The Justice Department said Friday that it will recognize same-sex marriages that were performed in Michigan last weekend despite the couples now being in legal limbo.

A week ago, a district court judge ruled that the state’s 2004 ban on same-sex marriage and civil unions was unconstitutional. A day later, however, a federal appeals court imposed a legal stay on the decision to allow the state time to appeal.

“I have determined that the same-sex marriages performed last Saturday in Michigan will be recognized by the federal government,” Attorney General Eric HolderEric Himpton HolderComey's book tour is all about 'truth' — but his FBI tenure, not so much James Comey and Andrew McCabe: You read, you decide Eric Holder headed to New Hampshire for high-profile event MORE said in a statement. “These families will be eligible for all relevant federal benefits on the same terms as other same-sex marriages.” 

More than 300 marriage licenses were issued to same-sex couple before the ban was reinstated on Saturday, The Associated Press reported.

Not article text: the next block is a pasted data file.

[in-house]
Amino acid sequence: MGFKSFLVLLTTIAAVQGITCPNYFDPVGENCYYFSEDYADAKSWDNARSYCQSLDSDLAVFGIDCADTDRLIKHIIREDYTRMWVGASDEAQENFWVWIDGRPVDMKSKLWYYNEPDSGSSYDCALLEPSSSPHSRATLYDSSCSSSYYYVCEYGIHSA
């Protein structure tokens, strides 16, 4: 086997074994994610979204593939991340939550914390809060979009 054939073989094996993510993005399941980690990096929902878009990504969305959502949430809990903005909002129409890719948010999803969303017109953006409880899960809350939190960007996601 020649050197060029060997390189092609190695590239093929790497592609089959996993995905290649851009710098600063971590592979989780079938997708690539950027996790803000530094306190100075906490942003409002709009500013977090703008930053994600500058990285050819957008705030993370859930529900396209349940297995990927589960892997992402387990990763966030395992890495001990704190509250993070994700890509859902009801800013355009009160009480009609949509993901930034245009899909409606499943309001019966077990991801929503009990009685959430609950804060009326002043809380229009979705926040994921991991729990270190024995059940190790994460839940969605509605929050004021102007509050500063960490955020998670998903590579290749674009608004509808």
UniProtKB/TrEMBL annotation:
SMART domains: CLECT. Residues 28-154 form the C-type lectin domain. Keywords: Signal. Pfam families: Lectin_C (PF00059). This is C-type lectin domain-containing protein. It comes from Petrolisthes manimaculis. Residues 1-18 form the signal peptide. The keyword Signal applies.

The U.S. Court of Appeals for the Sixth Circuit filed the order on Saturday to restore the ban, at least temporarily.

Holder noted that Gov. Rick Snyder (R-Mich.) will not grant the newly married couples state rights and benefits because the legal proceedings are now pending.

In January, Holder announced a similar decision in which the federal government extended benefits to same-sex couples married in Utah despite a stay in proceedings there.

“For purposes of federal law, as I announced in January with respect to similarly situated same-sex couples in Utah, these Michigan couples will not be asked to wait for further resolution in the courts before they may seek federal benefits to which they are entitled,” Holder said. 

The Supreme Court imposed a stay that month on the decision a judge made in December to overturn a ban on same-sex marriages in Utah.

While Utah officials said the state wouldn’t recognize the more than 1,300 couples who got married, Holder said the federal government would move based on the Supreme Court's decision to strike down the Defense of Marriage Act last year. 

“Last June’s decision by the Supreme Court in United States v. Windsor was a victory for equal protection under the law and a historic step toward equality for all American families,” Holder said Friday. “The Department of Justice continues to work with its federal partners to implement this decision across the government. And we will remain steadfast in our commitment to realizing our country’s founding ideals of equality, opportunity, and justice for all.”